Co-authored by Betsy Johnson and Viktoria Lovei.

Contrary to popular perception, California law does not bar all restrictive covenants in the employment context. Rather, in certain very narrow circumstances (i.e., non-competes arising in connection with the sale or dissolution of certain businesses), non-competes are permissible under California law.

The General Prohibition of Non-Competes Under California Law

Under California Business and Professions Code § 16600, “every contract by which anyone is restrained from engaging in a lawful profession, trade, or business of any kind is to that extent void.” Cal. Bus. & Profs. Code § 16600 (2008). In Edwards v. Arthur Andersen LLP, 44 Cal.4th 937 (2008), the California Supreme Court confirmed the viability and breadth of section 16600 and expressly rejected a line of Ninth Circuit cases which had upheld sufficiently narrow restrictive covenants that only barred a party from pursuing a small or limited part of its business. Id. at 948-49. The California Supreme Court in Edwards held that “noncompetition agreements are invalid, even if narrowly drawn, unless they fall within the applicable statutory exceptions of section 16601, 16602, or 16602.5.” Id. at 955. These three exceptions are discussed below.

Non-Competes Arising From the Sale of a Business

The first exception arises in the context of the sale of a business entity. Section 16601 permits a party selling the goodwill or all of their ownership interest in a business to agree to refrain from competition within the business’s geographic area, so long as the buyer intends to carry on a like business therein. Cal. Bus. & Profs. Code § 16601. See Vacco Industries, Inc. v. Van Den Berg, 5 Cal.App.4th 34, 47 (1992) (upholding the enforceability of a non-compete agreement lasting as long as the employer conducted business in the area against shareholder/officer who sold all of his shares in the company pursuant to a stock sale). A merger agreement, whereby an employee sells his business interest in a company in exchange for shares of the newly merged company, is considered to be a transaction within the exception of section 16601. Hilb, Royal & Hamilton Ins. Services v. Robb, 33 Cal.App.4th 1812, 1824-1825 (1995) (upholding agreement entered into in conjunction with merger which prohibited competition in several countries for a 3-year period of time). Section 16601 thereby allows the buyer of a business to protect its investment by enforcing a covenant not to compete against the seller. However, this exception is only applicable to business owners (or persons who own at least a material portion of business); it would not, for example, be used to justify a non-compete for a seller (or selling employee) who only owns a very small percentage of a business entity. There is no “bright-line” definition for determining what is a material portion of the business.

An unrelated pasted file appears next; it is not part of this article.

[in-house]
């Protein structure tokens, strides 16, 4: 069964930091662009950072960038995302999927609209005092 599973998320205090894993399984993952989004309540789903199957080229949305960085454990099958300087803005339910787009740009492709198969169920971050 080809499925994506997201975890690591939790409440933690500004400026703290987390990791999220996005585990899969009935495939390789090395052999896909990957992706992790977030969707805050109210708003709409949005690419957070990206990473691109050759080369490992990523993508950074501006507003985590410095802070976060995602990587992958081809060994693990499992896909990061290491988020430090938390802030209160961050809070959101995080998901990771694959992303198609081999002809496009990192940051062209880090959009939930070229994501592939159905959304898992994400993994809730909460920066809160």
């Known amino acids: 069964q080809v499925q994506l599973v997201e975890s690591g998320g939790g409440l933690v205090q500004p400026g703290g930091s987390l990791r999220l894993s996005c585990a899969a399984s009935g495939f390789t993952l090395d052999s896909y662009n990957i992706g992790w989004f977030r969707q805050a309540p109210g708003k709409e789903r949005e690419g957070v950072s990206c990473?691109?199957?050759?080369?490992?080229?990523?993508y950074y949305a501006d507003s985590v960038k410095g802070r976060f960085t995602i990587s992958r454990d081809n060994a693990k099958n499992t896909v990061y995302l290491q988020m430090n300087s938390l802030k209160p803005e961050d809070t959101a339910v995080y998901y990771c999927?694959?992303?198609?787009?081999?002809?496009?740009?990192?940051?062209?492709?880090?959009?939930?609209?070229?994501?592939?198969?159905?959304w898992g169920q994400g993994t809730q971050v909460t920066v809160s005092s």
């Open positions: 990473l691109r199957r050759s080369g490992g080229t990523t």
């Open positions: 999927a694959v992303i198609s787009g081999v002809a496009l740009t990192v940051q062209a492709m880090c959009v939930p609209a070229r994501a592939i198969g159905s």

Non-Competes Arising in Conjunction With the Dissolution Of Or Dissociation From a Partnership

 Section 16602, the partnership exception to California’s ban on non-compete agreements, permits, in the event of a dissolution of or dissociation from a partnership, an agreement that the departing partner not compete within the specified geographic area of the partnership’s business, so long as any other member of the partnership intends to carry on the business in the specified area. Cal. Bus. & Profs. Code § 16602. Unlike section 16601, there is no requirement under the partnership exception that compensation for goodwill in the partnership be transferred. South Bay Radiology Medical Associates v. Asher, 220 Cal.App.3d 1074, 1083 (1990). Section 16602 has been held applicable to partnerships involving accountants, attorneys, and physicians. See Swenson v. File, 3 Cal.3d 389 (1970); Howard v. Babcock, 6 Cal.4th 409 (1993); South Bay Radiology, 220 Cal.App.3d 1073. Courts have found that such covenants, rather than prohibiting competition, place a price on competition by, for example, permitting the departing partner to contract for compensation in return for refraining from engaging in competing business activity, or vice versa. Babcock, 6 Cal.4th at 417-24.

Non-Competes Arising in the Context of the Dissolution Of a Limited Liability Company

Like the partnership exception to California’s non-enforcement of covenants not to compete, section 16602.5 provides that in the event of the dissolution of a limited liability company, any member may agree not to carry on a similar business within the specified geographic area where the company’s business was transacted, so long as any other member intends to carry on the business in the specified area. Cal. Bus. & Profs. Code § 16602.5. Currently, there is no case law interpreting section 16602.5, which became effective in 2007. However, the section’s similarity to section 16602 indicates that it will be applied in a comparable manner by courts.

Despite California’s general hostility towards the enforcement of covenants not to compete in the employment context, these exceptions provide employers with valid methods under California law to protect their business interests from potential competitive harm caused by sellers and departing partners or members. Nevertheless, given the scarcity of case law interpreting these provisions, employers should proceed cautiously before relying on them. 

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